The Secrets of Mystery Shopping… Revealed

Do you love to shop? If so, you may be tempted by unsolicited emails or newspaper ads that claim you can earn a living as a secret or mystery shopper by dining at elegant restaurants, shopping at pricey stores, or checking into luxurious hotels. But, according to the Federal Trade Commission (FTC), the nation’s consumer protection agency, marketers who promise lucrative jobs as mystery shoppers often do not deliver bona fide opportunities.

What is Mystery Shopping?

Some retailers hire marketing research companies to evaluate the quality of service in their stores; these companies use mystery shoppers to get the information anonymously. They assign a mystery shopper to make a particular purchase in a store or restaurant, for example, and then report on the experience. Typically, the shopper is reimbursed, and can keep the product or service. Many professionals in the field consider mystery shopping a part-time activity, at best. And, they add, opportunities generally are posted online by marketing research or merchandising companies.

What are the Scams?

Fraudulent mystery shopping promoters are using newspaper ads and emails to create the impression that they’re a gateway to lucrative mystery shopper jobs with reputable companies. These solicitations usually promote a website where consumers can “register” to become mystery shoppers — after they pay a fee for information about a certification program, a directory of mystery shopping companies, or a guarantee of a mystery shopping job.

The truth is that it is unnecessary to pay money to anyone to get into the mystery shopper business. The shopping certification offered in advertising or unsolicited email is almost always worthless. A list of companies that hire mystery shoppers is available for free; and legitimate mystery shopper jobs are on the Internet for free. Consumers who try to get a refund from promoters of mystery shopping jobs usually are out of luck. Either the business doesn’t return the phone calls, or if it does, it’s to try another pitch.

In another version of the scam, consumers are “hired” to be mystery shoppers and told that their first assignment is to evaluate a money transfer service, like Western Union or MoneyGram. The shopper receives a check with instructions to deposit it in a personal bank account, withdraw the amount in cash, and wire it to a third party. By law, banks must make the funds from deposited checks available within days, but uncovering a fake check can take weeks. Individuals are responsible for the checks they deposit, so if a check turns out to be a fake, they are responsible for paying the bank back. It’s a good idea never to deposit a check from someone you don’t know, especially if the stranger asks you to wire money.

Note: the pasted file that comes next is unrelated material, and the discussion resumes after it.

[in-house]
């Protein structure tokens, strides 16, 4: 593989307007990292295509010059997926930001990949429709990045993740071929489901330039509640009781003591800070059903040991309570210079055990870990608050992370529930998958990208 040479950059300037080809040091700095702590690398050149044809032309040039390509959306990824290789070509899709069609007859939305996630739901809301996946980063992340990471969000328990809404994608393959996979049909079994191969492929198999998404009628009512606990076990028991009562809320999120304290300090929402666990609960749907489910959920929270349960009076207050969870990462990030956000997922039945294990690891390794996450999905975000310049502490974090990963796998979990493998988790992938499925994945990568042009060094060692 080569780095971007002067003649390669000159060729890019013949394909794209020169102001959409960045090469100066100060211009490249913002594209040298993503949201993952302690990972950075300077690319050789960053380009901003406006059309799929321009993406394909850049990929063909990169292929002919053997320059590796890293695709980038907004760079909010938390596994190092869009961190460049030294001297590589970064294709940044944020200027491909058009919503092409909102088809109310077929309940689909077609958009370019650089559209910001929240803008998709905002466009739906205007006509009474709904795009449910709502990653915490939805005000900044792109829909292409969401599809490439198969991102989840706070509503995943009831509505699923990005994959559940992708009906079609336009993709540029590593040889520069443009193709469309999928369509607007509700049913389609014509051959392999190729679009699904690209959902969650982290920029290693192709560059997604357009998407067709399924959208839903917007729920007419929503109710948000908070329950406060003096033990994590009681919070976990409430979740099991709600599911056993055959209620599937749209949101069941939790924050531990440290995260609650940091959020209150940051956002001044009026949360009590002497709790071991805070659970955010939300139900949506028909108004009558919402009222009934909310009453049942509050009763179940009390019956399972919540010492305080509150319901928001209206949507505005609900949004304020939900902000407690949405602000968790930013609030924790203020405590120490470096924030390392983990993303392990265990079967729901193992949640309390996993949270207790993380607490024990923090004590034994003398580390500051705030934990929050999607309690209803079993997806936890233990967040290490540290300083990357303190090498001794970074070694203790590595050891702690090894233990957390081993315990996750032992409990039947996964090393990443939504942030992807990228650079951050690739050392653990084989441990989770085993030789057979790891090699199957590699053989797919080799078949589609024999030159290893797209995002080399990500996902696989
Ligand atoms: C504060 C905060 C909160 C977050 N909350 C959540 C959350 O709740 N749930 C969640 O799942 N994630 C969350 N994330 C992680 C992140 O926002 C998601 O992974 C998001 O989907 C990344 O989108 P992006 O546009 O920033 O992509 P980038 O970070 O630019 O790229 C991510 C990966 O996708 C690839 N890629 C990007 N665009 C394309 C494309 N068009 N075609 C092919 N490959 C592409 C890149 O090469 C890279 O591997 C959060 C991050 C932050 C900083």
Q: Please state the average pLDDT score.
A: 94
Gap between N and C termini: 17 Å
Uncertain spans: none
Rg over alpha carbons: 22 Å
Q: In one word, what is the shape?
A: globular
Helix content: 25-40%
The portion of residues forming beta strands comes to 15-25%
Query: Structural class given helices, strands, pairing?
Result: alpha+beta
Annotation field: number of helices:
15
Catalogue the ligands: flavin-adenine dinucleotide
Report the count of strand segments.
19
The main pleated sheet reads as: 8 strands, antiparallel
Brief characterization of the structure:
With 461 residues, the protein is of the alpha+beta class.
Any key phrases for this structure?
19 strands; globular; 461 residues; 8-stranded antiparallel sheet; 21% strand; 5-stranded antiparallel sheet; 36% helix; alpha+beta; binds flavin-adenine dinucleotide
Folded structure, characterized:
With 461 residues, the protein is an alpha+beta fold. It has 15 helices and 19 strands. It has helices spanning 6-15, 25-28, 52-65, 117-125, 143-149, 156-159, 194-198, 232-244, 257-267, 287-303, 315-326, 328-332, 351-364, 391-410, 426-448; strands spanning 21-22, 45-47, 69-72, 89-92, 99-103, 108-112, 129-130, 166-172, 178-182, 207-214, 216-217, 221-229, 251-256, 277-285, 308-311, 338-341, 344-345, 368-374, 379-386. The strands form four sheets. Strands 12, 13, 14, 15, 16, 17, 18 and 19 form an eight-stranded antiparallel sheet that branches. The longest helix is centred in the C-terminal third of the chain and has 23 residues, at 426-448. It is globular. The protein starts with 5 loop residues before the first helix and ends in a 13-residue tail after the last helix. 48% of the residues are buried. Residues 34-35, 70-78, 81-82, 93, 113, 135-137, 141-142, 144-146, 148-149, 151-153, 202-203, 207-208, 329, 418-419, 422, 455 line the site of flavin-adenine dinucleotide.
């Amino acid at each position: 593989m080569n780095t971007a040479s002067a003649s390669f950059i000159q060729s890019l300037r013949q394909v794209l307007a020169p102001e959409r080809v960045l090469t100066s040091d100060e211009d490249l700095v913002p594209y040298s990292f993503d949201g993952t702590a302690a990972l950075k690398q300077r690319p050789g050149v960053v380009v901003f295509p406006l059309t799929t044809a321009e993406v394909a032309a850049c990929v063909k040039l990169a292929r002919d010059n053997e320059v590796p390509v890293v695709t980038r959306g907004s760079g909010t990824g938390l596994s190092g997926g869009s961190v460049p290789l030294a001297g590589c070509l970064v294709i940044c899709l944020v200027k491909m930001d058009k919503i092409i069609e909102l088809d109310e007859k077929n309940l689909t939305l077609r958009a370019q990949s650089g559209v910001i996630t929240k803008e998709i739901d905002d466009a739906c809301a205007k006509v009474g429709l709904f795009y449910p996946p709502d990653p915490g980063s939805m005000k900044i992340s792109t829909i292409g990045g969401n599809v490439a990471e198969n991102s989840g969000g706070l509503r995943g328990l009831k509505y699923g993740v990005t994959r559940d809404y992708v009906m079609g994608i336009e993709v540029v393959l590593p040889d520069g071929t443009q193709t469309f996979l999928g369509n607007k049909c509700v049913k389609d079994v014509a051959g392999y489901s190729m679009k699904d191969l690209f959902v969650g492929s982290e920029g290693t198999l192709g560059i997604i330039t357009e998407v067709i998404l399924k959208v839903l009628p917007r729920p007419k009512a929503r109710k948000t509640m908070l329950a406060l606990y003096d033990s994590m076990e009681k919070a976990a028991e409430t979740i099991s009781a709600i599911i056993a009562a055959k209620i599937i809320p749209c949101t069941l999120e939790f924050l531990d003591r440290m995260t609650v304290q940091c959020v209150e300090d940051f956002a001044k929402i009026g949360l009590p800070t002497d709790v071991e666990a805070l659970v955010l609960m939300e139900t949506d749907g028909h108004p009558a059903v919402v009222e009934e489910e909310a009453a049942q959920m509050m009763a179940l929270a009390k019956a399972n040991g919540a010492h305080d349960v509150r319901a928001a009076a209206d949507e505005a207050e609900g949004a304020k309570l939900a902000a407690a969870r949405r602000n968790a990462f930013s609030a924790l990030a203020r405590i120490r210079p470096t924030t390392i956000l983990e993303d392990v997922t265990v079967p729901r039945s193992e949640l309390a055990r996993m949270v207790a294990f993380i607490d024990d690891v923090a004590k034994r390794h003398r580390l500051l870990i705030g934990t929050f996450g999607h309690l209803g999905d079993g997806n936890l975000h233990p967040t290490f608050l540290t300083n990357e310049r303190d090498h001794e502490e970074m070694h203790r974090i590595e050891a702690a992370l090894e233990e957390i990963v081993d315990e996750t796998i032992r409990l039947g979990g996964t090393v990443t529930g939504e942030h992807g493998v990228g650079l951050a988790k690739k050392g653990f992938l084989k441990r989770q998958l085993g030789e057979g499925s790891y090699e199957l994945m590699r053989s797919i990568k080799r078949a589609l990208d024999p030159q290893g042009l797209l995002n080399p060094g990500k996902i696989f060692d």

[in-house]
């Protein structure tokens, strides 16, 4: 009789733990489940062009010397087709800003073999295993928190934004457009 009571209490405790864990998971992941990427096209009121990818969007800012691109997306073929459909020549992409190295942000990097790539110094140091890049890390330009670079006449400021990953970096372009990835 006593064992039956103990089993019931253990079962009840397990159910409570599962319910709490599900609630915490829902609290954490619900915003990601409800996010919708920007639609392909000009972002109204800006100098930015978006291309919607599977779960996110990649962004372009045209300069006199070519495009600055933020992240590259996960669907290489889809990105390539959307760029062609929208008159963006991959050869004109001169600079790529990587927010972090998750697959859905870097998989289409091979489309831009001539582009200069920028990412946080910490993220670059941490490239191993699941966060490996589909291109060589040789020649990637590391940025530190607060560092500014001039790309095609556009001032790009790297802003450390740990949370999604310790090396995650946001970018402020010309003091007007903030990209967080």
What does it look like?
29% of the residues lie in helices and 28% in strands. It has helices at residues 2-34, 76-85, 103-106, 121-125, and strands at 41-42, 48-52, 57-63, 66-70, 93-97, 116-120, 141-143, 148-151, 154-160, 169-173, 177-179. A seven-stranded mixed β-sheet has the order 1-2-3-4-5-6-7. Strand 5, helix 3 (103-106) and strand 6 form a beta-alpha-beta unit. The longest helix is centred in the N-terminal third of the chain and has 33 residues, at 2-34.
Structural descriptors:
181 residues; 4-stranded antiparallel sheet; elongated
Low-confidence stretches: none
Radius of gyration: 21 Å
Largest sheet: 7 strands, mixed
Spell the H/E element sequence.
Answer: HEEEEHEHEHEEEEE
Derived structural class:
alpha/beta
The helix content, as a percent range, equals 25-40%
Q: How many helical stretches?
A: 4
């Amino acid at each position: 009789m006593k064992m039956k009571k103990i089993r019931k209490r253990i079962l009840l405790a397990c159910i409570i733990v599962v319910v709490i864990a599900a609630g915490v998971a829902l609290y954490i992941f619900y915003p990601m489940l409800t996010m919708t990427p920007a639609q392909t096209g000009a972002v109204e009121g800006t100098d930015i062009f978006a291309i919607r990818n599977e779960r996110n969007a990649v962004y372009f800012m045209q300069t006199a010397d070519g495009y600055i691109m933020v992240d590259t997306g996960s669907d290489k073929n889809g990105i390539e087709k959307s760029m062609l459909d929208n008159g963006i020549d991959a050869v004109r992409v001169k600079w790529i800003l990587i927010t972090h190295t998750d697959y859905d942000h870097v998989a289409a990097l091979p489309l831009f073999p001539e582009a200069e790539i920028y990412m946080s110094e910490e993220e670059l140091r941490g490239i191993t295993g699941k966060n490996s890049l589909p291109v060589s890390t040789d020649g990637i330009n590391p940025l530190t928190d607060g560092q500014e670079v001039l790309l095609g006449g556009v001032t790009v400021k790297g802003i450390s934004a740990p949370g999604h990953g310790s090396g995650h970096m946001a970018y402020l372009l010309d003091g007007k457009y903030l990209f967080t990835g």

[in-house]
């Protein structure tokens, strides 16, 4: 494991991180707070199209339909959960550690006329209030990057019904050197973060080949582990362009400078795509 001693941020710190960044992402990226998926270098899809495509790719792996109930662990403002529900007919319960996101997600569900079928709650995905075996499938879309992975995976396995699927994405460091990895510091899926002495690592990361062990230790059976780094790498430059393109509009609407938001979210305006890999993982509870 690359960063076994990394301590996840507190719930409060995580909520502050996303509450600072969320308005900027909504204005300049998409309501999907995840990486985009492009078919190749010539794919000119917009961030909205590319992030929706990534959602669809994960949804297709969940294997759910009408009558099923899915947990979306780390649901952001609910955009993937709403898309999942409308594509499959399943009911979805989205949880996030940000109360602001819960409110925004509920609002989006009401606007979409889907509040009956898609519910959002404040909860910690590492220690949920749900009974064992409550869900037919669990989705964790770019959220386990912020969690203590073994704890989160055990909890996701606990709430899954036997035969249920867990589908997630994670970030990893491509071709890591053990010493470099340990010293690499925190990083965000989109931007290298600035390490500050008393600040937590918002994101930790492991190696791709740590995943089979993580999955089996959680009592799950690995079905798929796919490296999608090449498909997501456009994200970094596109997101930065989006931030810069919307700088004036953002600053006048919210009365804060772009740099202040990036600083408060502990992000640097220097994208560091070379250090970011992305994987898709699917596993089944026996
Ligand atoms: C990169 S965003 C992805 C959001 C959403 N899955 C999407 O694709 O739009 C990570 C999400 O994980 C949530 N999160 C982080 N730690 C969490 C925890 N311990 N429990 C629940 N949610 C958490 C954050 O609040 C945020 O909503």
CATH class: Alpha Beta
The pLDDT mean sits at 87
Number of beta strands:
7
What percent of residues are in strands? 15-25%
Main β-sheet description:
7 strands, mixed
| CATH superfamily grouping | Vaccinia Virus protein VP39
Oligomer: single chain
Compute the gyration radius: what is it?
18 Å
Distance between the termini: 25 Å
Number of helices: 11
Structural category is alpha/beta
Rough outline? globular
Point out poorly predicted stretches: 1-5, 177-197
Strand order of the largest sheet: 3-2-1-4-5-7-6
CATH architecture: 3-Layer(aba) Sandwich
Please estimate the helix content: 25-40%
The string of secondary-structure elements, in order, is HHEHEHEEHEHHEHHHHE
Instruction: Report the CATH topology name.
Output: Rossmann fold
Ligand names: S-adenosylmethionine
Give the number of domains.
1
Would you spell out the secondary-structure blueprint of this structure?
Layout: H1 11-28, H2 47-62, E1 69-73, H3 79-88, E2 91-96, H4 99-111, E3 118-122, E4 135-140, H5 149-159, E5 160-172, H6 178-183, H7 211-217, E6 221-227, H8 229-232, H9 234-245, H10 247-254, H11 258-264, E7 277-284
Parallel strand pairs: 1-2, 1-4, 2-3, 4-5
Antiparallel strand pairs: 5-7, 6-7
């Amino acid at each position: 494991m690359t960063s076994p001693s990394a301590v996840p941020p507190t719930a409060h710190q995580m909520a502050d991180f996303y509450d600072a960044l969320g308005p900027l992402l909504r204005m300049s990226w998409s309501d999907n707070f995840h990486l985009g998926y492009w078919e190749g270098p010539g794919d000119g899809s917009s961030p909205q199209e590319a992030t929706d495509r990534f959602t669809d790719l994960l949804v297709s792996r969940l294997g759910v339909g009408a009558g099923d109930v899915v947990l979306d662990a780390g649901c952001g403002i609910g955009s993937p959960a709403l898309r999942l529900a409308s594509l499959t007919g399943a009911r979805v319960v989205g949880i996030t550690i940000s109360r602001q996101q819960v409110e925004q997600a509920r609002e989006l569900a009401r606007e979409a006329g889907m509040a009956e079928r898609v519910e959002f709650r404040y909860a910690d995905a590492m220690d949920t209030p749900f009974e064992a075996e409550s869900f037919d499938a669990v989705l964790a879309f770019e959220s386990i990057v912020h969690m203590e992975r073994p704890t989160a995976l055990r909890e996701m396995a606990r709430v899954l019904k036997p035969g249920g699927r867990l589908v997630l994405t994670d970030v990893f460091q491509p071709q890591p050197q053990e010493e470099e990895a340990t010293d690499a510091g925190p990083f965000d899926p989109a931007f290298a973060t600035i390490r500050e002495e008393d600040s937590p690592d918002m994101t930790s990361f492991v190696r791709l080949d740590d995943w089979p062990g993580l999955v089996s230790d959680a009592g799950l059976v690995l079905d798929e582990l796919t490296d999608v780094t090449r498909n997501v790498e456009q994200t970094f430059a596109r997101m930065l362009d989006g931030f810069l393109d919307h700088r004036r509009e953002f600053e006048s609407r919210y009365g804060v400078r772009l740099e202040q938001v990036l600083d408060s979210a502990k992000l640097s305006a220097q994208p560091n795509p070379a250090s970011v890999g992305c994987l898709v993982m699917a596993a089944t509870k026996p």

The Facts of Mystery Shopping
  •  Becoming a legitimate mystery shopper for a legitimate company doesn’t cost anything. Here’s how to do it:
  •  Do your homework about mystery shopping. Check libraries, bookstores, or online sites for tips on how to find legitimate companies hiring mystery shoppers, as well as how to do the job effectively.
  •  Search the Internet for reviews and comments about mystery shopping companies that are accepting applications online.
  •  Don’t pay a fee to become a mystery shopper. Legitimate companies don’t charge people to work for them – they pay people to work for them.
  •  Never wire money as part of a mystery shopping assignment.

You can visit the Mystery Shopping Providers Association (MSPA) website at to search a database of mystery shopper assignments and learn how to apply for them. The MSPA offers certification programs for a fee, but you don't need "certification" to look – or apply – for assignments in its database.

In the meantime, the FTC says consumers should be skeptical of mystery shopping promoters who:

Advertise for mystery shoppers in a newspaper’s ‘help wanted’ section or by email. While it may appear as if these companies are hiring mystery shoppers, it’s much more likely that they’re pitching unnecessary — and possibly bogus — mystery shopping “services.”
  •  Require that you pay for “certification.”
  •  Guarantee a job as a mystery shopper.
  •  Charge a fee for access to mystery shopping opportunities.
  •  Sell directories of companies that employ mystery shoppers.
  •  Ask you to deposit a check and wire some or all of the money to someone.

If you think you have encountered a mystery shopping scam, file a complaint with your local consumer protection agency, the Better Business Bureau, your state Attorney General, or the FTC.

For More Information

The FTC works to prevent fraudulent, deceptive and unfair business practices in the marketplace and to provide information to help consumers spot, stop and avoid them. To file a complaint or get free information on consumer issues, visit or call toll-free, 1-877-FTC-HELP (1-877-382-4357); TTY: 1-866-653-4261. Watch a video, How to File a Complaint, at to learn more. The FTC enters consumer complaints into the Consumer Sentinel Network, a secure online database and investigative tool used by hundreds of civil and criminal law enforcement agencies in the U.S. and abroad.
Source; FTC


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